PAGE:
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Clean Energy Education & Empowerment (C3E)


Featured Resources

Fact sheet

Website

www.C3Eawards.org

Publications

U.S. C3E Program Ambassador Biographies

U.S. C3E Program Ambassador Biographies
Friday, August 22, 2014

Media Coverage

Women’s Impact in Clean Energy is Growing Worldwide (MITnews, 1 October 2012)

Women And Clean Energy: Overcoming The Double Standard (Forbes.com, 25 June 2012)

Bringing a Woman’s Voice to Clean Energy (U.S. Department of Energy blog, 6 June 2012)

 

Overview

Thirty distinguished women (and men), three energy ministers, and eight governments launched the Clean Energy Education & Empowerment (C3E) women’s initiative at the first Clean Energy Ministerial in 2010 to advance women’s participation in the clean energy revolution. 

Their motivation was a shared sense that, in order to progress further and faster toward a cleaner energy future, societies must harness the talents of all of their members toward the technology challenges that the other Clean Energy Ministerial initiatives address. 

There is a well-documented gender gap in the clean energy professions, as well as in the broader science, technology, engineering, and mathematics, or "STEM"-related fields. In the United States, for instance, according to the National Science Foundation, women hold only 27% of science and engineering jobs, and that number falls to 21% when limited to business and industry. GMI ratings, a research firm, recently found that within the United States’ energy sector, 61% percent of corporate boards have no female representation. The numbers vary among countries and within sectors of clean energy (e.g., technology, policy, and investment, because clean energy is inherently cross-disciplinary), but it is broadly the case that more could be done to take advantage of women’s potential contributions toward the clean energy questions of the future.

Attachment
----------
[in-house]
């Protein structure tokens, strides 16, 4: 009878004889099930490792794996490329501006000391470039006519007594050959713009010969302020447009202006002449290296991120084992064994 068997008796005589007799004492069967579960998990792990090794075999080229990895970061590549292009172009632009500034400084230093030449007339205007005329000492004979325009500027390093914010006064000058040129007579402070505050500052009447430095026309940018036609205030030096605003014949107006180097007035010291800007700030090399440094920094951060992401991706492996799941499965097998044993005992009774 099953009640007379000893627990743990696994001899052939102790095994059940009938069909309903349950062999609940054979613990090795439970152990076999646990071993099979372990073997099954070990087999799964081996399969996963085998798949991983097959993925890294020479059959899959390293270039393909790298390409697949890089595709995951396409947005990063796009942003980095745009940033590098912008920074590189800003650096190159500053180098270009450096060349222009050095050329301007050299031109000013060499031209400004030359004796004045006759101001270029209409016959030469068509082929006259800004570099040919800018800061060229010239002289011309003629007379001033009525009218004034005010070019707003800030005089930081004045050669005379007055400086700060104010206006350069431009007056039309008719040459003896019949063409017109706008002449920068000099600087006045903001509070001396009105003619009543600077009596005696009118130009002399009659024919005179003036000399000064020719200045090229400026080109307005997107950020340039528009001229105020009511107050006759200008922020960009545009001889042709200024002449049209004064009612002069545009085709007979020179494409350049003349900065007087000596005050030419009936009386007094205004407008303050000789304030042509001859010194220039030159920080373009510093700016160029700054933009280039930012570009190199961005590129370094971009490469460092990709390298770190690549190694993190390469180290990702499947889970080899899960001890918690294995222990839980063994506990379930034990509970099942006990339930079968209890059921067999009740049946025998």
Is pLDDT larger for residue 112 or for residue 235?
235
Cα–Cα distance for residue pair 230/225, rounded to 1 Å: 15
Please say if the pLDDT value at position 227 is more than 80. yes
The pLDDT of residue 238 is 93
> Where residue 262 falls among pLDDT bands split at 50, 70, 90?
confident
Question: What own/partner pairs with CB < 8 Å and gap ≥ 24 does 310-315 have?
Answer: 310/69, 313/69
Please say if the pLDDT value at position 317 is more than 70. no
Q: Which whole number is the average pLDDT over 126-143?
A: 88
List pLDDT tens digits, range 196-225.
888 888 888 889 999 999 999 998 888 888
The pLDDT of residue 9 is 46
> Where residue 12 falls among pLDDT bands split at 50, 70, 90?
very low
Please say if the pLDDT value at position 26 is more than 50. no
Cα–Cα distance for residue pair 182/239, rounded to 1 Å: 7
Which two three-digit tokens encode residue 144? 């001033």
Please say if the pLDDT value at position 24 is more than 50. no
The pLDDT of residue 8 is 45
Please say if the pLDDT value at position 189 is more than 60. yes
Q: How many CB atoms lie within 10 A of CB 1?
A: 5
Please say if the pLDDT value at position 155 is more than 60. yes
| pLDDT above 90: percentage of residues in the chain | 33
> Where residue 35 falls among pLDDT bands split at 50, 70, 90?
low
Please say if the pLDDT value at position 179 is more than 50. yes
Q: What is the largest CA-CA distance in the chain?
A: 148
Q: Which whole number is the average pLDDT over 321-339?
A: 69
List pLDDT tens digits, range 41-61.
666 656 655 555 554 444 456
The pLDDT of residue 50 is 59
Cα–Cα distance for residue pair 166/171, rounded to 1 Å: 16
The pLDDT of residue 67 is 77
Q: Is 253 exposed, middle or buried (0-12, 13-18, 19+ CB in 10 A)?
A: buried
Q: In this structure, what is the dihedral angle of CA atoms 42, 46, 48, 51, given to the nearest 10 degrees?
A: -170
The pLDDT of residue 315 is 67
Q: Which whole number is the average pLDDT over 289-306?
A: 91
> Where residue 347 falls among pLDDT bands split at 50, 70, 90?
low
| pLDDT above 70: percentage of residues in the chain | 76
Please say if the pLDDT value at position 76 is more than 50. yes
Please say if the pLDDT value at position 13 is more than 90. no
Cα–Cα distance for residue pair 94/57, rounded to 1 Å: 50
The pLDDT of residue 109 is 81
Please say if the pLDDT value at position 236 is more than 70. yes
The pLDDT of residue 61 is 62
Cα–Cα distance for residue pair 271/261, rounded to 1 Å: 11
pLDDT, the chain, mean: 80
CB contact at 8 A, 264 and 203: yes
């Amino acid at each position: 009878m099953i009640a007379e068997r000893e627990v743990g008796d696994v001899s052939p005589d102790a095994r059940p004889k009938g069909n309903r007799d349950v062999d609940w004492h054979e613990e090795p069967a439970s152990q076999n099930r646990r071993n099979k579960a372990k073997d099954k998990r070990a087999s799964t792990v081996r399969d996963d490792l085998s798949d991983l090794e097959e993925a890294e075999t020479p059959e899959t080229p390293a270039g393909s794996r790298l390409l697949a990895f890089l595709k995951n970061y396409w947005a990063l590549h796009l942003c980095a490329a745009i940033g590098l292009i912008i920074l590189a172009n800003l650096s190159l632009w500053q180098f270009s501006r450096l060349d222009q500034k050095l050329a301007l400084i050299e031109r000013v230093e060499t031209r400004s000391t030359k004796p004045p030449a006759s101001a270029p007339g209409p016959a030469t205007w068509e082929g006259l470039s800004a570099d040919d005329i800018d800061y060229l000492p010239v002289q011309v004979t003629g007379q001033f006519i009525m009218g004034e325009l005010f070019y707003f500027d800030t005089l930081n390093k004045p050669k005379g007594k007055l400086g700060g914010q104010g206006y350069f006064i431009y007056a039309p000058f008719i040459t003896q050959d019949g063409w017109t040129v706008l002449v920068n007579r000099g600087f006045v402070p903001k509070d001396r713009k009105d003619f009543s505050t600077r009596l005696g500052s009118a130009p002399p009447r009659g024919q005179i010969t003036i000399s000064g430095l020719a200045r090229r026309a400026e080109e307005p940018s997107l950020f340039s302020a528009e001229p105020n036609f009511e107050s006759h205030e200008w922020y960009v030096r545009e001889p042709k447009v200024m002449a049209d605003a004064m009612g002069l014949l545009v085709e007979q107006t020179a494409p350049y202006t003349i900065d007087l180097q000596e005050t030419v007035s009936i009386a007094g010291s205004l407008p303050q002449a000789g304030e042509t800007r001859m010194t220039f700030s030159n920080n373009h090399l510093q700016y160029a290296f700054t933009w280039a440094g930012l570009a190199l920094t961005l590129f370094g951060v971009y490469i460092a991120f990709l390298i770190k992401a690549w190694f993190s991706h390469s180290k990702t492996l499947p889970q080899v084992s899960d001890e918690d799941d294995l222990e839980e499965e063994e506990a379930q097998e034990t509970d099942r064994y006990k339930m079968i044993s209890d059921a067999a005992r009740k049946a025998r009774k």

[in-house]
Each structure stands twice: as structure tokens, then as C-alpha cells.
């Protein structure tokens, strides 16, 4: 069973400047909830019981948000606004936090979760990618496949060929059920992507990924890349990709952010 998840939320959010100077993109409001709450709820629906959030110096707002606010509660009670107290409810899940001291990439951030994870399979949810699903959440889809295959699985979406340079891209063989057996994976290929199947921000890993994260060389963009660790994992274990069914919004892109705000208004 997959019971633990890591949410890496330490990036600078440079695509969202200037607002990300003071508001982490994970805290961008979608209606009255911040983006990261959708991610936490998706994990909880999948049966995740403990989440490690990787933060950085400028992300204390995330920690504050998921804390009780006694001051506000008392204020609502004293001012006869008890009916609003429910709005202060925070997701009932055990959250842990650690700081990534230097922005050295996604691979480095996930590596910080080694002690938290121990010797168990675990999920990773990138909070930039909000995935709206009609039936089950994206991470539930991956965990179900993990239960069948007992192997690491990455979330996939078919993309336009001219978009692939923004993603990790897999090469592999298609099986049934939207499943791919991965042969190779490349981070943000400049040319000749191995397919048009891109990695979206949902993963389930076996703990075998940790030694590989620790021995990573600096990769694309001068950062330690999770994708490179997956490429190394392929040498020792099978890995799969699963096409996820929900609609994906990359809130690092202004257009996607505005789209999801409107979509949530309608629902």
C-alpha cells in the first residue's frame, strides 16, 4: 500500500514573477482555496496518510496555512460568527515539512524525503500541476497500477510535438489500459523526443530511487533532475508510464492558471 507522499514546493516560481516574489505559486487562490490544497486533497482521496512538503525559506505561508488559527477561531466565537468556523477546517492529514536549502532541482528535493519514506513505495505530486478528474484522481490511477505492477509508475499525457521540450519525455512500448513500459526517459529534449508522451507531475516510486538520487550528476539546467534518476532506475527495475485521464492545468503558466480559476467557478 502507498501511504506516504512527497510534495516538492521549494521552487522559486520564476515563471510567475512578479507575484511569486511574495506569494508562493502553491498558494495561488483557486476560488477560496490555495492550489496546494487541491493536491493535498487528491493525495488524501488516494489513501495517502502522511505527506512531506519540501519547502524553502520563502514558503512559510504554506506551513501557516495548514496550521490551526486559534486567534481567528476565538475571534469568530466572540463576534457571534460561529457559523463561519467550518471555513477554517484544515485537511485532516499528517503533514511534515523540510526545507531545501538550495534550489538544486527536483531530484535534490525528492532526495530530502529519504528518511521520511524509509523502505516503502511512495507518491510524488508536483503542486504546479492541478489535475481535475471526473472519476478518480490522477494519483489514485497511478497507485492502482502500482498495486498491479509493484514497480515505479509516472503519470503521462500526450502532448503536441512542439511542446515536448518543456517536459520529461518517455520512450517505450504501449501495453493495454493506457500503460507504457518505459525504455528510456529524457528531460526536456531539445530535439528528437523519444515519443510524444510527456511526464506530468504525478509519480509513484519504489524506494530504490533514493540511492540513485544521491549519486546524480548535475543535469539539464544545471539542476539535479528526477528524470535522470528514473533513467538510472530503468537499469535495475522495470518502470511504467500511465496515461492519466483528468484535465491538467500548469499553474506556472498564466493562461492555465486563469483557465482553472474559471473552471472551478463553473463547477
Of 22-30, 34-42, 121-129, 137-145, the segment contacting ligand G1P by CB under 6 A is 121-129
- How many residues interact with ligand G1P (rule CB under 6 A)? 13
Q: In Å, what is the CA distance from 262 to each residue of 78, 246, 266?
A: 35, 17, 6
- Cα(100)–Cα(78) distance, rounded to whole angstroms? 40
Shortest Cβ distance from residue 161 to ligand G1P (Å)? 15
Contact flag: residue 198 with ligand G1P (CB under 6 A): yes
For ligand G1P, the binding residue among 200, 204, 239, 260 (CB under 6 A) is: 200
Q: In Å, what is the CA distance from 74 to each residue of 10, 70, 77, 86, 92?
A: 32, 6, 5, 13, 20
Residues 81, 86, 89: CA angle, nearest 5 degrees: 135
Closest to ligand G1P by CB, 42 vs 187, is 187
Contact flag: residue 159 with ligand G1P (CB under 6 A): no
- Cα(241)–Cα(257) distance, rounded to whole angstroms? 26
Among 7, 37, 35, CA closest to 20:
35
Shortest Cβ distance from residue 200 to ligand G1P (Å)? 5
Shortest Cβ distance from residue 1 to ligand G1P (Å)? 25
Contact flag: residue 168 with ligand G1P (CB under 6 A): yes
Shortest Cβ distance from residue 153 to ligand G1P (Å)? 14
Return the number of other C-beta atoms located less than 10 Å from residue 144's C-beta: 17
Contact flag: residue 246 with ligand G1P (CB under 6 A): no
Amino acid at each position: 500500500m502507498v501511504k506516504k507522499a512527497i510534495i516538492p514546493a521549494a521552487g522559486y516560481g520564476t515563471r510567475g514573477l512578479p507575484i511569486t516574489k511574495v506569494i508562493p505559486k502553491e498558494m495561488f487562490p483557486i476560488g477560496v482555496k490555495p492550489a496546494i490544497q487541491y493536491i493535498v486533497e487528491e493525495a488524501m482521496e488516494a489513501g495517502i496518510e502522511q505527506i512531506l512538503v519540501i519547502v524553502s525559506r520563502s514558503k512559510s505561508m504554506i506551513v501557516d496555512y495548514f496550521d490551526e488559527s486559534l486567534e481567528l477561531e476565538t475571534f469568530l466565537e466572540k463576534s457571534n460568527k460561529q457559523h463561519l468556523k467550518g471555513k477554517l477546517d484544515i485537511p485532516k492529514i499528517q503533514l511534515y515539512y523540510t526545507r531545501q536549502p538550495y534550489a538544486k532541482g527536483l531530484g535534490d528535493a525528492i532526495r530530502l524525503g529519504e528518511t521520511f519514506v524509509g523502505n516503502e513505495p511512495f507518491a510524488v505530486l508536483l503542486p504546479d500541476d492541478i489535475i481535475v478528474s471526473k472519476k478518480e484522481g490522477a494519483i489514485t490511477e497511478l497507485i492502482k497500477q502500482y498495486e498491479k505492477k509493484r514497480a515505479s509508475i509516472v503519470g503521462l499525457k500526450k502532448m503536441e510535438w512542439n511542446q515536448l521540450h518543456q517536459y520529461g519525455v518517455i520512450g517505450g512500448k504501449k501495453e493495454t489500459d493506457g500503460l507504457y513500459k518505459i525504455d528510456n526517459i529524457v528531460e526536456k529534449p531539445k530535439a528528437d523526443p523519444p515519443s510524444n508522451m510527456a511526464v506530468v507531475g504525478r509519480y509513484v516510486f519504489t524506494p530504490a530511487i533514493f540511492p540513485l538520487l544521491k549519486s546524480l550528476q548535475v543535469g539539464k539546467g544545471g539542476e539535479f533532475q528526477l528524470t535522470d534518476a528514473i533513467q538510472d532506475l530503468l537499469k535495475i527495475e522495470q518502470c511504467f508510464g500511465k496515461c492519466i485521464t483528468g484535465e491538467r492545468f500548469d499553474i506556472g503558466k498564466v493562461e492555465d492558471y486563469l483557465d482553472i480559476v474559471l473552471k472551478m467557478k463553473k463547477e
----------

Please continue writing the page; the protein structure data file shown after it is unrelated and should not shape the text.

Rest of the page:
There is also a business case for gender diversity; studies show that organizations’ outcomes qualitatively improve when the leadership is composed of at least 30% of each gender. 

C3E participating governments have a shared commitment to advancing women in the energy field in their home-country contexts. C3E is a network of those national-level actions.

For more information, view the C3E activities page or fact sheet.

Goals

  • Inspire women around clean energy issues in order to attract more young women to these important careers and support their advancement into leadership positions. Each participating government will develop a nationally appropriate program of action and build on existing programs to sustain its commitment within C3E.
  • Create an international C3E Ambassador Corps, made up of senior executives, academics and thought leaders nominated by CEM partner governments to act as role models and advocates for women in clean energy, as well as to support national C3E efforts.
  • Connect women in clean energy from around the globe using social media. C3Enet.org provides a community without national boundaries, where women can share ideas and events and exchange views about clean energy issues.